Recommended by Ricochet Members Created with Sketch. Changes in Lassitude, Changes in Attitude

 

Isolation hasn’t been too bad down here. Monroe County, FL, is (last time I checked) still in the low single digits for COVID-19 victims. A couple of the cases can be directly attributed to people from up north who decided to escape their domiciles in high-risk areas and fled to the Keys already infected. Awesome. Thanks.

On Friday, 27 March, Monroe County is establishing a no-entry rule. If you don’t live or work down here, you’ll be turned around. If you work down here but don’t live here, you’ll have to undergo a nominal screening and then be allowed to pass. It’s not, I assess, to overly protect from infection, although I’m sure that’s part of it. We have been blessedly light in that regard. Instead, it’s the people from the greater Miami area coming down here to load up on supplies after their Miami environs have been sucked dry. On a daily basis, the toilet paper preppers, the red meat ransackers, and the fresh produce pillagers descend upon us like locusts and strip the grocery stores bare. Long-suffering smiles of welcome are wearing a bit thin.

My whole work-from-home gig is in tread-water mode — not because there’s no work to do, but because there are a raft of decisions that need to be made by higher before I can do it.

Without the structure of my workplace (and waiting to have a whole lot more to do), I’m slowly beginning to impose order on my day. Wake-up time is immutable. Every day it’s a race between the dogs and me to get up first, mostly for the pleasure of rousing the other still sleeping carbon life forms from their slumber (none of said life forms try this silliness with the Lovely and Talented Mrs. Mongo; survival instinct runs strong in the house). Also unchanging is the wake-up work-out/dog-walking routine.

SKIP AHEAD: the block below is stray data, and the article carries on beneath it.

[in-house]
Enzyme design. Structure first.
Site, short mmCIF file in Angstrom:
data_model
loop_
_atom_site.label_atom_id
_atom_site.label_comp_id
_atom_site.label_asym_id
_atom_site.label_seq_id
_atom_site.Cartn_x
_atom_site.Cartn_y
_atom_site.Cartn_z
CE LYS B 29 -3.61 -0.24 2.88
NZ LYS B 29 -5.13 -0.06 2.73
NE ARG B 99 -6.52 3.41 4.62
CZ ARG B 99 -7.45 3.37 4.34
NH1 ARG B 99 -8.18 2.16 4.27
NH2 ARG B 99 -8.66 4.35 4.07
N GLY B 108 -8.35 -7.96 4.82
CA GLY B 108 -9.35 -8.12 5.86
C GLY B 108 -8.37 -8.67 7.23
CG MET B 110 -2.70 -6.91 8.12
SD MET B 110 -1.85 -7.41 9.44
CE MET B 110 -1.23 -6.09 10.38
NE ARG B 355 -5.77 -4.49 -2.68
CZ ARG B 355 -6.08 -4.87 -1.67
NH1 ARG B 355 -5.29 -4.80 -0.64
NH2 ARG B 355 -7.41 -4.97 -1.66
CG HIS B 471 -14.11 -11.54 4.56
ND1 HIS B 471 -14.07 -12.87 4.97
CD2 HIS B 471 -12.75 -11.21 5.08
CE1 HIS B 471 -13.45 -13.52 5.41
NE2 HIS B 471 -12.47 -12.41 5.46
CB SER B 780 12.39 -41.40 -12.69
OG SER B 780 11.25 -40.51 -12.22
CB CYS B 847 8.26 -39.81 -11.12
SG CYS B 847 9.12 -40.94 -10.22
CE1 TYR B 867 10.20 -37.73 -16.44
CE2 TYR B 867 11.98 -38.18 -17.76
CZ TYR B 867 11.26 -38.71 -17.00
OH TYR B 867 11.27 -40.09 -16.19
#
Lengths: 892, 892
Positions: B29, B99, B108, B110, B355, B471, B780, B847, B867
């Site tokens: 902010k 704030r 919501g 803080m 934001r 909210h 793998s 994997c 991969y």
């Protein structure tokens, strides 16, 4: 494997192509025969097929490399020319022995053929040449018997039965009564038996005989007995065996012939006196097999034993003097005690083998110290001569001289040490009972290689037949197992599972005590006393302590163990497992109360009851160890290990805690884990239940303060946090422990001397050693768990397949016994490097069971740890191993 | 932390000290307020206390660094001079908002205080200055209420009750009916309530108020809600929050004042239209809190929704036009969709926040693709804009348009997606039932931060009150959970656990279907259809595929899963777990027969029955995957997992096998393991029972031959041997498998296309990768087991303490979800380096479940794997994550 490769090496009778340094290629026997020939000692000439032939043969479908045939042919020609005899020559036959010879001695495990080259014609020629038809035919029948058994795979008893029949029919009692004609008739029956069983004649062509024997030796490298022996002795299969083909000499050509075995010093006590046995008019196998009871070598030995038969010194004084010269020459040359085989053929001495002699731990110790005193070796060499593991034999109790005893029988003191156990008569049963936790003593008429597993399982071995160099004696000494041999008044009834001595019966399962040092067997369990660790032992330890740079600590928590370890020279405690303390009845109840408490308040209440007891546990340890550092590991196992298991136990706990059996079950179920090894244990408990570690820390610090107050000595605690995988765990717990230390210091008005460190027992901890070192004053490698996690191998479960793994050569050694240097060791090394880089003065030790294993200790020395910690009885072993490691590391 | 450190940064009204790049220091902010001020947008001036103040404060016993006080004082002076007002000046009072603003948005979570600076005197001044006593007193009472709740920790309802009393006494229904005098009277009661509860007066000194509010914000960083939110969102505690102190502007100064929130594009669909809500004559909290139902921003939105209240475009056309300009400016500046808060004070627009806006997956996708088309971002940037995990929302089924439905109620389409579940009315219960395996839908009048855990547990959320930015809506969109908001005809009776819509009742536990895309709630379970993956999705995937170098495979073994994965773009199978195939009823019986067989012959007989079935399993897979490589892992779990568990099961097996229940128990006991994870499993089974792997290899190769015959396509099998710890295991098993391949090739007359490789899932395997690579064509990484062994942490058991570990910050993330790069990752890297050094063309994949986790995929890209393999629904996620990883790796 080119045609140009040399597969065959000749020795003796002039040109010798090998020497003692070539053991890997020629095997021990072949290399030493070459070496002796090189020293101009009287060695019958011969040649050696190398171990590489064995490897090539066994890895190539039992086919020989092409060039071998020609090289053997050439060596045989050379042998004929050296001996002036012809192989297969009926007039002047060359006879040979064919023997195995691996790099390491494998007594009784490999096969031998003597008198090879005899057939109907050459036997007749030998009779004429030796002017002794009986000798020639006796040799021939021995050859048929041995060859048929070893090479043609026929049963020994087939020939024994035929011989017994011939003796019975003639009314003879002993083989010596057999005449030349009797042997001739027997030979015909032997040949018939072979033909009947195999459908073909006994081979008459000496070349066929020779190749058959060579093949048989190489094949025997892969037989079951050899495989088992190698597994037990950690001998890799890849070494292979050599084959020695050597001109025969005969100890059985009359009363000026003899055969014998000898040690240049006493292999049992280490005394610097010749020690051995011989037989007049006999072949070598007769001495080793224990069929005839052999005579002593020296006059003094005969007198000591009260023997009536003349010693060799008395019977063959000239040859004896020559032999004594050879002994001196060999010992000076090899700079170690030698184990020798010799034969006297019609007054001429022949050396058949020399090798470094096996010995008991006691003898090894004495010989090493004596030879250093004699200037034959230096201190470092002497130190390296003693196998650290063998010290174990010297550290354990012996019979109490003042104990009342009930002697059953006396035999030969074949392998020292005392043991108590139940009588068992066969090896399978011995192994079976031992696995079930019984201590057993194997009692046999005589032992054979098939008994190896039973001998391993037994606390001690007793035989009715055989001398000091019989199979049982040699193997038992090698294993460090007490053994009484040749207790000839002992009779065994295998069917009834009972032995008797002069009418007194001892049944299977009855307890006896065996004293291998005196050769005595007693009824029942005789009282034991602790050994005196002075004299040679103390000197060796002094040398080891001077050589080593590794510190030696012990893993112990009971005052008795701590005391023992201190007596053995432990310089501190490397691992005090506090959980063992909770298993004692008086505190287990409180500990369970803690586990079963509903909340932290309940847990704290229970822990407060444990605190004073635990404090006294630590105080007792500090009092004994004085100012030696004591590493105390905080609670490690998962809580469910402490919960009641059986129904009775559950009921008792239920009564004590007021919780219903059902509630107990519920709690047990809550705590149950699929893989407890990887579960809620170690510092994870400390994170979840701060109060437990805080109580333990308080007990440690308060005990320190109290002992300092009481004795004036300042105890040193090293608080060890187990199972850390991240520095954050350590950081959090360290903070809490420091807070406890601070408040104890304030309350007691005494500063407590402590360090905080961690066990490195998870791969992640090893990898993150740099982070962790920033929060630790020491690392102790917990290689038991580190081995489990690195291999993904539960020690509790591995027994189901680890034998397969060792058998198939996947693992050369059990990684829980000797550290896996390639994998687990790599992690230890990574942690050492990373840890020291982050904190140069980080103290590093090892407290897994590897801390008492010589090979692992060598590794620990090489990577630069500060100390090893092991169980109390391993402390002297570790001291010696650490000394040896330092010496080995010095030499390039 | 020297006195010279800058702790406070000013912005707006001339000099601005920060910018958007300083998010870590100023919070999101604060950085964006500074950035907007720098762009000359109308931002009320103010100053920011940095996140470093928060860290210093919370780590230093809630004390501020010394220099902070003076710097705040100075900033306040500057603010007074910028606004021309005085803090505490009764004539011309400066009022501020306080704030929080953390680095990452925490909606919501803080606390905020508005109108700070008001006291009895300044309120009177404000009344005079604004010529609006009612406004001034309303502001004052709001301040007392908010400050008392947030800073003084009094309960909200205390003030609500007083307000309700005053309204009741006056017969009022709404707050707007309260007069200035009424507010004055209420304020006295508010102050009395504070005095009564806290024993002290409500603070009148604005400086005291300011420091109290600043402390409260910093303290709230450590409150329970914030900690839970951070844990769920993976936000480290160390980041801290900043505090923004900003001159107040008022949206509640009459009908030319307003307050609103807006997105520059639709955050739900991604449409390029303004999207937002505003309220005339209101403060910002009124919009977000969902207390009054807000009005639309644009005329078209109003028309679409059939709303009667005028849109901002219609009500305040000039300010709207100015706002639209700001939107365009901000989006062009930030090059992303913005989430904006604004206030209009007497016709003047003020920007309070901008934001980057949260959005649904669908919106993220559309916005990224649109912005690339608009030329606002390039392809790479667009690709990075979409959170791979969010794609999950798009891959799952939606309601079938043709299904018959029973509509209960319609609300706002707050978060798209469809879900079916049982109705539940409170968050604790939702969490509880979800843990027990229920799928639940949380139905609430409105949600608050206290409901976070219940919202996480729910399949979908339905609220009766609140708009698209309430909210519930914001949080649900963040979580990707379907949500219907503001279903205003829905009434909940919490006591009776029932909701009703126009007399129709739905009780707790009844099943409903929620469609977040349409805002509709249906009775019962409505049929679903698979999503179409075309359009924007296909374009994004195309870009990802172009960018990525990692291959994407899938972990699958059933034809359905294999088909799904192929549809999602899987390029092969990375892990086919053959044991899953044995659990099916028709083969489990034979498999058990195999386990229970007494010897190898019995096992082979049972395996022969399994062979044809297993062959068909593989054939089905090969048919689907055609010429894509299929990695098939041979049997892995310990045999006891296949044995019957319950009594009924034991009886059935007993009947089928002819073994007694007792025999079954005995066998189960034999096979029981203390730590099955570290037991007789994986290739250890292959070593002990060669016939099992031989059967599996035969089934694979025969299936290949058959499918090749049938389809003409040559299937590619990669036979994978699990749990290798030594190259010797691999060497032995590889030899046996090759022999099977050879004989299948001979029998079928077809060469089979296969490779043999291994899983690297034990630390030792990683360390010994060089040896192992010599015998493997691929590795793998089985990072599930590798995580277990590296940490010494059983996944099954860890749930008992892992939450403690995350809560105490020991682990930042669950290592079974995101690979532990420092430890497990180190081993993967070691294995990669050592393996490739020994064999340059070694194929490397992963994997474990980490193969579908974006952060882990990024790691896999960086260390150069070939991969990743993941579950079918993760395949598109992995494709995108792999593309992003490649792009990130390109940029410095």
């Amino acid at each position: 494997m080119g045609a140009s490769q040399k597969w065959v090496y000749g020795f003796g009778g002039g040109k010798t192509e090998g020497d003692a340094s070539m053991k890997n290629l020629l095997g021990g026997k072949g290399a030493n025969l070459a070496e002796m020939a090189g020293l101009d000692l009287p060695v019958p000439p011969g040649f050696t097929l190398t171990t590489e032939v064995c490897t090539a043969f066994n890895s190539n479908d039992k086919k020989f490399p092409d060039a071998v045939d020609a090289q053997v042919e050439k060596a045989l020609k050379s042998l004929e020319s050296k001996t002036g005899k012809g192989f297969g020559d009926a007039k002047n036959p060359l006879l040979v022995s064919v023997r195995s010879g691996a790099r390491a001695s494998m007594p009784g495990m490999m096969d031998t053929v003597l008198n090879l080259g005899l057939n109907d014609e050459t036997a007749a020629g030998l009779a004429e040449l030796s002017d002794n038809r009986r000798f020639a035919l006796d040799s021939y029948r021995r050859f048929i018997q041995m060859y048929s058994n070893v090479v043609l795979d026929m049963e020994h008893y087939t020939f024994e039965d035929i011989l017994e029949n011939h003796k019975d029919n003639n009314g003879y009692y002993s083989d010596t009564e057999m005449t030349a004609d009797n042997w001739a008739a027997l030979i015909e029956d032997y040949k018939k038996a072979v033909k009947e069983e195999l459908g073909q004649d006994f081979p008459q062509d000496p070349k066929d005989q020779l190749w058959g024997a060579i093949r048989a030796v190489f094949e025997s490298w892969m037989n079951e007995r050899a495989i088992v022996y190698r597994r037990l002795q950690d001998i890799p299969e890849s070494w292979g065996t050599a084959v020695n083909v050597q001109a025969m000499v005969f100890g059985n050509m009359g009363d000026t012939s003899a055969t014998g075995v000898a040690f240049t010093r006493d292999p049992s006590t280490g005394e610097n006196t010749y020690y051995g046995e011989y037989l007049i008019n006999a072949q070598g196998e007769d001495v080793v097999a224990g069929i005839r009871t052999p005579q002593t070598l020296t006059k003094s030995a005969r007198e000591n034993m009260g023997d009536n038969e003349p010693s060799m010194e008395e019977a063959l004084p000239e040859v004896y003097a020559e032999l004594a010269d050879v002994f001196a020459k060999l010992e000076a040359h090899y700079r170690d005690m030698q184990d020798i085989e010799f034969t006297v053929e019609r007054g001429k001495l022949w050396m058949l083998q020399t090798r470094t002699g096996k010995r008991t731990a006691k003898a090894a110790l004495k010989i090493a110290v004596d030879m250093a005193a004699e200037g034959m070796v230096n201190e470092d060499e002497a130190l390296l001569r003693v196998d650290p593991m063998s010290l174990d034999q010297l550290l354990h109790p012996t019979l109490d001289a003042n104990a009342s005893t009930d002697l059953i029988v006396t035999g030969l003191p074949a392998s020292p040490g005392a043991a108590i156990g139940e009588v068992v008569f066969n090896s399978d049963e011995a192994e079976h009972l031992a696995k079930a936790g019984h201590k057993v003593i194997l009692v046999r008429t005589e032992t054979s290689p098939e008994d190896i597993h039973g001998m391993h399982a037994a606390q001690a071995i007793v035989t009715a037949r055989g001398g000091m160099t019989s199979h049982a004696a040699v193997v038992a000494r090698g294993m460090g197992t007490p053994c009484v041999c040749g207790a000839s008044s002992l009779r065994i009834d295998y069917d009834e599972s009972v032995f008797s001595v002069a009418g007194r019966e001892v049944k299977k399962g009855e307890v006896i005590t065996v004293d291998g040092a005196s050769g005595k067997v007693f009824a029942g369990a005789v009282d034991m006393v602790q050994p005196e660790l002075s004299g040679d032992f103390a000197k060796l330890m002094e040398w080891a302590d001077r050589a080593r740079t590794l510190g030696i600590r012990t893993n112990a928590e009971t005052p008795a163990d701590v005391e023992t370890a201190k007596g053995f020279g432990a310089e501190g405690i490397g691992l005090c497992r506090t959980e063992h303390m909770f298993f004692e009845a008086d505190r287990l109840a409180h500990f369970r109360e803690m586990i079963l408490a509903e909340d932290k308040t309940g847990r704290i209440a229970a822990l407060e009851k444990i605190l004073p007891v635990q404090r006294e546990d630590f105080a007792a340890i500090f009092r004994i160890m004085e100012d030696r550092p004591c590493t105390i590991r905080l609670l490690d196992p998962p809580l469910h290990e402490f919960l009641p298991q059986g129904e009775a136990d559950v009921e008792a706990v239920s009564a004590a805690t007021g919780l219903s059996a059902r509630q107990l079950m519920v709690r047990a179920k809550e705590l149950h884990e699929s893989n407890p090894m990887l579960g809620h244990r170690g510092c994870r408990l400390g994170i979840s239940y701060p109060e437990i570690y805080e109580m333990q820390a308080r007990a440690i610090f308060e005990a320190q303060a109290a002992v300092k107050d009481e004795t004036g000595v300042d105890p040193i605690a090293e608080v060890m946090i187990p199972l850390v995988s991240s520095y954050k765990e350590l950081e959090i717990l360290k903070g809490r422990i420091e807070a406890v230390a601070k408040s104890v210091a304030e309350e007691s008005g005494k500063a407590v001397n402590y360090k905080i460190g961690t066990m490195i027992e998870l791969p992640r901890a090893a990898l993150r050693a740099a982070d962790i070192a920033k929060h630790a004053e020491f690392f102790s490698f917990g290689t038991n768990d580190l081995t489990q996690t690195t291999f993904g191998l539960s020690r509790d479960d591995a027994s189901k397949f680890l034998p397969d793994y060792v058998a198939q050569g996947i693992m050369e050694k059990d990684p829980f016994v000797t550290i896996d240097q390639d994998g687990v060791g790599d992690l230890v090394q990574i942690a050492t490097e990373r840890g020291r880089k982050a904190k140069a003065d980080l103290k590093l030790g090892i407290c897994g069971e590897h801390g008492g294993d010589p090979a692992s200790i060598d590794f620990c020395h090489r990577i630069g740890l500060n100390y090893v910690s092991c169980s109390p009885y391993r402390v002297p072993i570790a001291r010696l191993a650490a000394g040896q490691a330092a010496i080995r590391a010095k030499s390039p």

Whoever wakes up first, the dogs start politicking to go out ASAP while I throw clothes and shoes on. Then I gently foot-scoot the dogs out of the way of the front door, walk out to my wee little 3×6 workout mat (actually, a piece of industrial rubber flooring from Home Depot) and rip out one, maybe two sun salutations. I’m more of a “root the pose” guy than I am a “flow through the poses” guy. Water flows, Mongo not so much. After that, I hit my first 10-20-30.

Ten pull-ups, 20 push-ups, 30 Hindu squats. After iteration one, I take Leia (the most ADHD German Shepherd Dog evah) on her walk. Get back, throw her in the house, and knock out another 10-20-30. Then I walk Conrad, the Cannonball Pit. Finish with him, put him up and hit the 3rd 10-20-30. The first yoga and 10-20-30 are to give the sun the time to at least think about starting to rise. The dogs do better (i.e., get their business done quicker) if there’s light. And it gives me the chance to start thinking about being able to walk. Also, lest it sound like I’m trying to sell tickets as a beau-hunk stud muffin nifty rad exerciser, please know that I can no longer do regular vertical pull-ups. For a while, I could make do using gymnast rings, so that my grips let me work around my trashed shoulder(s). Now it’s more like pull-ups with a TRX strap, heels on the ground, start position at about 30 degrees.